For example, eighteen-year-old Alice Gaggero from Genoa, who last year - still underage – was named Alfiere della Repubblica by President of Italy Sergio Mattarella for an article on subatomic particles, said: “I have always loved math, since I was a child.” “I feel a natural affinity, a sort of a gift, and I do not see why I should not develop it. I would like to become a researcher, perhaps at the CERN in Geneva or in the renewable energy sector. I am convinced that in these fields a woman can bring great added value: especially if she is a mother, therefore accustomed to simultaneously manage activities at home and work, having an innate organizational instinct.”
Or Ana Sanchez, a student at the ITIS Galvani in Milan, who has started an IT course. While she was visiting one of the Suviana Dam inspection tunnels, where one of the two women engineer explained how the tools used to monitor the parameters of the structure worked, she had what she defines a kind of enlightenment. “I thought that maybe the technicians could use a sensor system and obtain the surveys from a remote control station, in order to avoid going down the dam.”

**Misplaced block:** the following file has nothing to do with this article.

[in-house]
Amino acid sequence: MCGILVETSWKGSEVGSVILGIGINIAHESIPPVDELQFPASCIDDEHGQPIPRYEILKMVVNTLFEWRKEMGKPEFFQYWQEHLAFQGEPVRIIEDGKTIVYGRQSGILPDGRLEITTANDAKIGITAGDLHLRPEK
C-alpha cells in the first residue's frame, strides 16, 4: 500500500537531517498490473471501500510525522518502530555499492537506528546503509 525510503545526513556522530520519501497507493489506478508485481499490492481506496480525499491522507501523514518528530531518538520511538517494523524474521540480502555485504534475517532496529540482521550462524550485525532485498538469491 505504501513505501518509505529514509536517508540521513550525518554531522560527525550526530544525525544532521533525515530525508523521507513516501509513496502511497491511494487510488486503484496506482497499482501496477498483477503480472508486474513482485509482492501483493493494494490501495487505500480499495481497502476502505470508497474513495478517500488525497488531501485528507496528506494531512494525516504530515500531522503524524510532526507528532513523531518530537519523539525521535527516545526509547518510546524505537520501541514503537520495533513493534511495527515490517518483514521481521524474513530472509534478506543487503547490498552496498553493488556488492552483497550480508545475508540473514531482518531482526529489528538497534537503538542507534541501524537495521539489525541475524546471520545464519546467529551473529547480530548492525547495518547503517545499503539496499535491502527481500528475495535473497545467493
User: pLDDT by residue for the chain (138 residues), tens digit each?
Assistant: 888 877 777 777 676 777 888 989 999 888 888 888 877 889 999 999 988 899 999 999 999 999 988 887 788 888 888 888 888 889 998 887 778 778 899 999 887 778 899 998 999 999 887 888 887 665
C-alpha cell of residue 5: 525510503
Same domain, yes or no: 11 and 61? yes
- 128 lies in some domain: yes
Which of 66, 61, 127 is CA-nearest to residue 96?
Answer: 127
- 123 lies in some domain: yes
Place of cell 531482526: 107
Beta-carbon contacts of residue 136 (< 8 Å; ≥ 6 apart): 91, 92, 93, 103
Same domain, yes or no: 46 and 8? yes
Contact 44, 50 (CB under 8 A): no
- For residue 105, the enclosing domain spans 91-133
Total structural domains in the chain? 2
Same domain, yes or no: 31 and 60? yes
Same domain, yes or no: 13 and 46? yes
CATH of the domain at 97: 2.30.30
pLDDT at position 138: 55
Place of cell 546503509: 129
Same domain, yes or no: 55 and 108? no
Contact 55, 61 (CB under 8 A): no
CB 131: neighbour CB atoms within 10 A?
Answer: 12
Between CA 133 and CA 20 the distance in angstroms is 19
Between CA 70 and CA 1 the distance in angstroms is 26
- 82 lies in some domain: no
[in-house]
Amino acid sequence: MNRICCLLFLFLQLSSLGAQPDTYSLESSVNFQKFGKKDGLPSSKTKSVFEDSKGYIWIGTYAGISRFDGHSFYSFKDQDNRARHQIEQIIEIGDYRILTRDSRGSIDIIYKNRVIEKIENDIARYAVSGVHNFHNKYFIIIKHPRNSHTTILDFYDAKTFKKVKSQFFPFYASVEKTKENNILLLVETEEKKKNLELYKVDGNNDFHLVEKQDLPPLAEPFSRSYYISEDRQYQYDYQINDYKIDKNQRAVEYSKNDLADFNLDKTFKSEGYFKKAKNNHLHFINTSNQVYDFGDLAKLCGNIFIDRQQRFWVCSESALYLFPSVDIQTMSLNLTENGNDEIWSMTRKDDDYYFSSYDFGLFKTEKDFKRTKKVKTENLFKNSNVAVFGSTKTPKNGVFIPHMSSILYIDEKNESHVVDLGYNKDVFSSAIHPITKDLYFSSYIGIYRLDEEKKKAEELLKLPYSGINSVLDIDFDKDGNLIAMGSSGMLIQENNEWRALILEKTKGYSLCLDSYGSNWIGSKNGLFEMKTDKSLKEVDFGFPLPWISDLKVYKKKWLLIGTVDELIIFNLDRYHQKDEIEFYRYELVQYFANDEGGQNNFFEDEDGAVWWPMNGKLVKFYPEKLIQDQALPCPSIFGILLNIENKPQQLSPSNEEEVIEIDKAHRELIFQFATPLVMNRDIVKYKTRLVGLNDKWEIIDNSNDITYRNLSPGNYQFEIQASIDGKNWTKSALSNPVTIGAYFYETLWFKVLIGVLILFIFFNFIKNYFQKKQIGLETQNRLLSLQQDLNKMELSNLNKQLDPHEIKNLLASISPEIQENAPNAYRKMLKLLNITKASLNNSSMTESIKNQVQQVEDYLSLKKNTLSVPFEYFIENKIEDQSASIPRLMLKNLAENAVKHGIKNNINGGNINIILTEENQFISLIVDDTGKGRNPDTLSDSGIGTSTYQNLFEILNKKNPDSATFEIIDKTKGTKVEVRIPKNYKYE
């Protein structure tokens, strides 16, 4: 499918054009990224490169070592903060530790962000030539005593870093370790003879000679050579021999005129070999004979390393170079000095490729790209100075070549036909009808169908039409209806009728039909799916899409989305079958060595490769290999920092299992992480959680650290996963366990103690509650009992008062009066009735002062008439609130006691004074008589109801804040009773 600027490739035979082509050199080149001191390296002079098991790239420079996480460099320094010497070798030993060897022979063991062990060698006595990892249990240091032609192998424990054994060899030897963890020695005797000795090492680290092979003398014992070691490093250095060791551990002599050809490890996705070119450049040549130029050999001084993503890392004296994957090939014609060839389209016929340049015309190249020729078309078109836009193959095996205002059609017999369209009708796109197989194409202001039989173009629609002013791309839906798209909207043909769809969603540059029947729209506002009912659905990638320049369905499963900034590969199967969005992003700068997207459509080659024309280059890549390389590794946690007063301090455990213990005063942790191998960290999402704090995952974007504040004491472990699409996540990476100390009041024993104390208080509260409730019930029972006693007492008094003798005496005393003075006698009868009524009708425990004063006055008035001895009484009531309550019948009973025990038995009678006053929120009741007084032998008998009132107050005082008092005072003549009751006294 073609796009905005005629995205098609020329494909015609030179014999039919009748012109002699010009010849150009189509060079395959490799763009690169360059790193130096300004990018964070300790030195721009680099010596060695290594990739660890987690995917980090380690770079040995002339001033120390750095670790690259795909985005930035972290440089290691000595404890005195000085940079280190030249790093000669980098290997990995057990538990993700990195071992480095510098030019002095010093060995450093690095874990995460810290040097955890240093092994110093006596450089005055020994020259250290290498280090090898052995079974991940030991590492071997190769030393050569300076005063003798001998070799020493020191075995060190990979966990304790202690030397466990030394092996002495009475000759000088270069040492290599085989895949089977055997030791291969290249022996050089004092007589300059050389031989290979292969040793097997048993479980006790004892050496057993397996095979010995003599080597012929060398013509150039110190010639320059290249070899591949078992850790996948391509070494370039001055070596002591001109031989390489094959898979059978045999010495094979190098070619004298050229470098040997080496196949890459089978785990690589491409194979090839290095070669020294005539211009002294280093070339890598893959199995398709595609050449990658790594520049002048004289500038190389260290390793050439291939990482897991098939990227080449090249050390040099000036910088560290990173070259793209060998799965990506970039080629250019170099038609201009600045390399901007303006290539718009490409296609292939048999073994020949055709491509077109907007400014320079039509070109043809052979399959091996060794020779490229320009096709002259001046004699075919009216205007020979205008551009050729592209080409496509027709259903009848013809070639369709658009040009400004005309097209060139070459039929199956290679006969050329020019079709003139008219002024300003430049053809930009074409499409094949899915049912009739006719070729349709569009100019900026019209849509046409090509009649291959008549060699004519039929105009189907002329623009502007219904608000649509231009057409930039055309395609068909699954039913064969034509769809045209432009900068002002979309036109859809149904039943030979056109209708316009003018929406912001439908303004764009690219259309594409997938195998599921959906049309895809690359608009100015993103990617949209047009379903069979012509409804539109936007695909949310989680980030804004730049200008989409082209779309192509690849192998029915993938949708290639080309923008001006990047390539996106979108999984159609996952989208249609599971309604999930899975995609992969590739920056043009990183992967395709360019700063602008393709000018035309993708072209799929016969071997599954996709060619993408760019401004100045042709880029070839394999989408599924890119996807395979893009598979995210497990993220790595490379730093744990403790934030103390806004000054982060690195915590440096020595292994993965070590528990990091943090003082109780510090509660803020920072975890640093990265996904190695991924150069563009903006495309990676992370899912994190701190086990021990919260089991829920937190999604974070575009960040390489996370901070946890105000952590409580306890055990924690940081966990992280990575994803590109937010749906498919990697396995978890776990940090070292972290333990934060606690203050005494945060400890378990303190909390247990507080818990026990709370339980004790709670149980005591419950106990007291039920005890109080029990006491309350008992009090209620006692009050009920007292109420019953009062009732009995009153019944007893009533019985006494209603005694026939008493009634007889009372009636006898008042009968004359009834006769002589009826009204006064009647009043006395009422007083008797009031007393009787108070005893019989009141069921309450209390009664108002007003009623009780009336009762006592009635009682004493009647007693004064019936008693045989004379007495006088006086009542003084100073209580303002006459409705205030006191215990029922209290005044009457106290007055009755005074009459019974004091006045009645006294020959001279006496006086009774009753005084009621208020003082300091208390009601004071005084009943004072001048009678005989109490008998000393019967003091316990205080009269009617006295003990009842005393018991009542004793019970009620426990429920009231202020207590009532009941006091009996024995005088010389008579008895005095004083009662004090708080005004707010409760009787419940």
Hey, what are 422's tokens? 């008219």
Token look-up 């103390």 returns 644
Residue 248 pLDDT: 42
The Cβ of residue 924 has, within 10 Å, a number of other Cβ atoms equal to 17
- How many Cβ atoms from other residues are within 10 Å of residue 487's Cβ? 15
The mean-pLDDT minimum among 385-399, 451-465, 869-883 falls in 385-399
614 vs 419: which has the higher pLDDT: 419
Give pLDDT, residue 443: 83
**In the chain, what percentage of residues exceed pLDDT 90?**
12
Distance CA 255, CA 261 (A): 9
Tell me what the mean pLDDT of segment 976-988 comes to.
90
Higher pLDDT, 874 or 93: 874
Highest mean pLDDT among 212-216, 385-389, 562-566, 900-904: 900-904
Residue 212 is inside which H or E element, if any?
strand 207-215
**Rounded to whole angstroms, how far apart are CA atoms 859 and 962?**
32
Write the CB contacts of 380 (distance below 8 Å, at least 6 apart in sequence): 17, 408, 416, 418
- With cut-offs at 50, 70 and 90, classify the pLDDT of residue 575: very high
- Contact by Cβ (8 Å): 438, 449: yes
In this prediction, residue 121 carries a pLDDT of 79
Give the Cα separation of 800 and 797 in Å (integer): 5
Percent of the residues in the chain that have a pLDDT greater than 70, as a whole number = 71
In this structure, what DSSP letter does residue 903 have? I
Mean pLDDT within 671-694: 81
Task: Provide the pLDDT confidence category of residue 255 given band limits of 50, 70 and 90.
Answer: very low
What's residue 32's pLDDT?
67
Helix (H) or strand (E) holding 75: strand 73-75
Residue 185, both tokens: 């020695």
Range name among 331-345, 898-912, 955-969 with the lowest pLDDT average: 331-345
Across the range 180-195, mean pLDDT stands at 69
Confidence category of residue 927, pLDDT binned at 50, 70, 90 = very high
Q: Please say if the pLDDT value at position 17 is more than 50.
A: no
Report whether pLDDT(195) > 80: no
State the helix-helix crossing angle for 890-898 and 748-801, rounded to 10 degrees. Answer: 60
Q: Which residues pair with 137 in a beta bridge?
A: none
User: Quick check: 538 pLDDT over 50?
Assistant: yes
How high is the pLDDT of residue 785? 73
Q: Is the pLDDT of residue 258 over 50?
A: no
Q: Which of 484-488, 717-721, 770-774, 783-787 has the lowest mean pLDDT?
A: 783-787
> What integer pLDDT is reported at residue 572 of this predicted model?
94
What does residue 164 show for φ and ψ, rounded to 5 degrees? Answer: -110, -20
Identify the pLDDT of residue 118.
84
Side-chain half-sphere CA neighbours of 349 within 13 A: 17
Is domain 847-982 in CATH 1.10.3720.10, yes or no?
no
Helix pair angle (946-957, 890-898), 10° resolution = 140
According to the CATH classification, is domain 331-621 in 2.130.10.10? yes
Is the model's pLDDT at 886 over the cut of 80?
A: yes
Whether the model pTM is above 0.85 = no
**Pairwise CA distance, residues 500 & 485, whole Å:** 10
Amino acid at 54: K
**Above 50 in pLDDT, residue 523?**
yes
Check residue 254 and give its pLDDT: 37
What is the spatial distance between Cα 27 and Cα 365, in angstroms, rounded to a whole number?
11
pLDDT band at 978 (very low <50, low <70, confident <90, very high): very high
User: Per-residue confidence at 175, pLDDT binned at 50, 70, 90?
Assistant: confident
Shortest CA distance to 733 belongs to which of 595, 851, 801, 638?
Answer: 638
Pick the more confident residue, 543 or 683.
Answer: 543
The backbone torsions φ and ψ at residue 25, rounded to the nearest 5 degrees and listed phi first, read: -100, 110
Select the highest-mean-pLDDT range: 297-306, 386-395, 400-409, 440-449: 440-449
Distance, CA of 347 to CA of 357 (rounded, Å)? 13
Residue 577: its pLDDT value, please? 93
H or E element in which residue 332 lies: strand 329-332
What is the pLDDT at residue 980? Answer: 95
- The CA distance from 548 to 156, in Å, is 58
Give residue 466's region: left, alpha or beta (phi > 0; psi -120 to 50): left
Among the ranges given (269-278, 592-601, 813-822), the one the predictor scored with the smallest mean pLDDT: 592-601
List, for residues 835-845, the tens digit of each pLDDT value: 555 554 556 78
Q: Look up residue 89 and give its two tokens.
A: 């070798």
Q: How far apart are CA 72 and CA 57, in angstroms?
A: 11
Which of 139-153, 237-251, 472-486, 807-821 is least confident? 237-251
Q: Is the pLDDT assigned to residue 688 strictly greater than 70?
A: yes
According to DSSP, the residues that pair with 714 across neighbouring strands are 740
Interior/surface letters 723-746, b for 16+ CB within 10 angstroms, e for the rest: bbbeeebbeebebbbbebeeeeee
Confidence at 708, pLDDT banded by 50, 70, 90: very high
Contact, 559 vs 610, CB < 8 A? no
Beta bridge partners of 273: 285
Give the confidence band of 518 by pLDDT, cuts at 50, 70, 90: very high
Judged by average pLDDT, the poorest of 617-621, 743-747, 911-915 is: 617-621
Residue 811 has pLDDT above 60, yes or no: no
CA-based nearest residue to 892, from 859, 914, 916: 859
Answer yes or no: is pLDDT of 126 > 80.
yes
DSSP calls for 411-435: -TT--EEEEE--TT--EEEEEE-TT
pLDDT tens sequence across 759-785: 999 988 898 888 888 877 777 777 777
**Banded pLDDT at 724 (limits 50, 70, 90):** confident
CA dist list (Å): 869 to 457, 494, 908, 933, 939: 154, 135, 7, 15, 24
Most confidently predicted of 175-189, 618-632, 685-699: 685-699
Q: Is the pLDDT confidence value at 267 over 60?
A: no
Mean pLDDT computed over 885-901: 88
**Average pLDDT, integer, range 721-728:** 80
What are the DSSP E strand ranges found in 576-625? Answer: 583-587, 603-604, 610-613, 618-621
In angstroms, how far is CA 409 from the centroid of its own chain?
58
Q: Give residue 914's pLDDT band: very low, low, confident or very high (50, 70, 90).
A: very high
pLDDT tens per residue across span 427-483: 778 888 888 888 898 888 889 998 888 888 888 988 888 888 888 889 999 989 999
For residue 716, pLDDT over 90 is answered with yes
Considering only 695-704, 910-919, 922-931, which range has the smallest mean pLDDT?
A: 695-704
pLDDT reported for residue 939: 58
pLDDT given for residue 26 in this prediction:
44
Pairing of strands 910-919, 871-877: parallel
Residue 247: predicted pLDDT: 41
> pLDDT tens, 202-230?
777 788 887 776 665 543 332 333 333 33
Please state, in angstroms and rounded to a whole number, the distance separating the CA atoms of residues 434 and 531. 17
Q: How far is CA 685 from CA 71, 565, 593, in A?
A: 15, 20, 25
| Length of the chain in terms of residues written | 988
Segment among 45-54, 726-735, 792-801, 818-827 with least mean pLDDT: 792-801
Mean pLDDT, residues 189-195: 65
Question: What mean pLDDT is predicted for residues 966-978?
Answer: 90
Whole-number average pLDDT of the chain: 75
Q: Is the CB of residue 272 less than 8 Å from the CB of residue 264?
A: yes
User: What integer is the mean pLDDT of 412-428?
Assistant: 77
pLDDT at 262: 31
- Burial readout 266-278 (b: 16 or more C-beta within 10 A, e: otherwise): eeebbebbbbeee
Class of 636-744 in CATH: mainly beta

Or Lisa Dragotto, an 18-year-old from Trieste with the ambition of landing on a shipyard's managerial work: “I would like to manage a team. Even one completely formed by men, why not. In a technical or scientific context, a woman can bring the human factor that is often lacking. She can bring the heart.”
A thought that reminds us of what Polish twice Nobel Prize winner Marie Curie said: “We must not believe that scientific progress can be reduced to mechanisms, machines, gear."